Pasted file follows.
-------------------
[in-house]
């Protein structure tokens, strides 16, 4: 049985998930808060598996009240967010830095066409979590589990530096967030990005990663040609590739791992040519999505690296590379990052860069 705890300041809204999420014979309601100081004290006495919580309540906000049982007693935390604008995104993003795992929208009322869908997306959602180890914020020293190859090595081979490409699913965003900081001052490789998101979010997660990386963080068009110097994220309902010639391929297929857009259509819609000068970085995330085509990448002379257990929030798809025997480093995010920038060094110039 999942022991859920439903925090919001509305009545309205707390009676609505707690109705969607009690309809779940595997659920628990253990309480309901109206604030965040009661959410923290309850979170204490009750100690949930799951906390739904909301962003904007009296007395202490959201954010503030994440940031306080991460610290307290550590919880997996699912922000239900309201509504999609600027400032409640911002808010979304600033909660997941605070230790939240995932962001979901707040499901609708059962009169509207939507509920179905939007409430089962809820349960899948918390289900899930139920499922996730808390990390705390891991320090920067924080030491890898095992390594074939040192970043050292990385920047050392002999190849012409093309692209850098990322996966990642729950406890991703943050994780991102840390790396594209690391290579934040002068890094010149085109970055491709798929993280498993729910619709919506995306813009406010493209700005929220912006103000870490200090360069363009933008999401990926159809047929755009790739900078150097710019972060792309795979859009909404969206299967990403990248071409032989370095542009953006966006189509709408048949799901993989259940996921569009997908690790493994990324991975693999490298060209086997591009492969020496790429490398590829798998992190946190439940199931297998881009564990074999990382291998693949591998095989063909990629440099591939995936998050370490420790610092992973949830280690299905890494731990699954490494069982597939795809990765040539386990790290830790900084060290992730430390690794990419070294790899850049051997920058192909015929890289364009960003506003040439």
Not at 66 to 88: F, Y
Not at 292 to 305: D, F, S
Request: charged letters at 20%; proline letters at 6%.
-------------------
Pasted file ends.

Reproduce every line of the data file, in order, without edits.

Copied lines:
[in-house]
């Protein structure tokens, strides 16, 4: 049985998930808060598996009240967010830095066409979590589990530096967030990005990663040609590739791992040519999505690296590379990052860069 705890300041809204999420014979309601100081004290006495919580309540906000049982007693935390604008995104993003795992929208009322869908997306959602180890914020020293190859090595081979490409699913965003900081001052490789998101979010997660990386963080068009110097994220309902010639391929297929857009259509819609000068970085995330085509990448002379257990929030798809025997480093995010920038060094110039 999942022991859920439903925090919001509305009545309205707390009676609505707690109705969607009690309809779940595997659920628990253990309480309901109206604030965040009661959410923290309850979170204490009750100690949930799951906390739904909301962003904007009296007395202490959201954010503030994440940031306080991460610290307290550590919880997996699912922000239900309201509504999609600027400032409640911002808010979304600033909660997941605070230790939240995932962001979901707040499901609708059962009169509207939507509920179905939007409430089962809820349960899948918390289900899930139920499922996730808390990390705390891991320090920067924080030491890898095992390594074939040192970043050292990385920047050392002999190849012409093309692209850098990322996966990642729950406890991703943050994780991102840390790396594209690391290579934040002068890094010149085109970055491709798929993280498993729910619709919506995306813009406010493209700005929220912006103000870490200090360069363009933008999401990926159809047929755009790739900078150097710019972060792309795979859009909404969206299967990403990248071409032989370095542009953006966006189509709408048949799901993989259940996921569009997908690790493994990324991975693999490298060209086997591009492969020496790429490398590829798998992190946190439940199931297998881009564990074999990382291998693949591998095989063909990629440099591939995936998050370490420790610092992973949830280690299905890494731990699954490494069982597939795809990765040539386990790290830790900084060290992730430390690794990419070294790899850049051997920058192909015929890289364009960003506003040439």
Not at 66 to 88: F, Y
Not at 292 to 305: D, F, S
Request: charged letters at 20%; proline letters at 6%.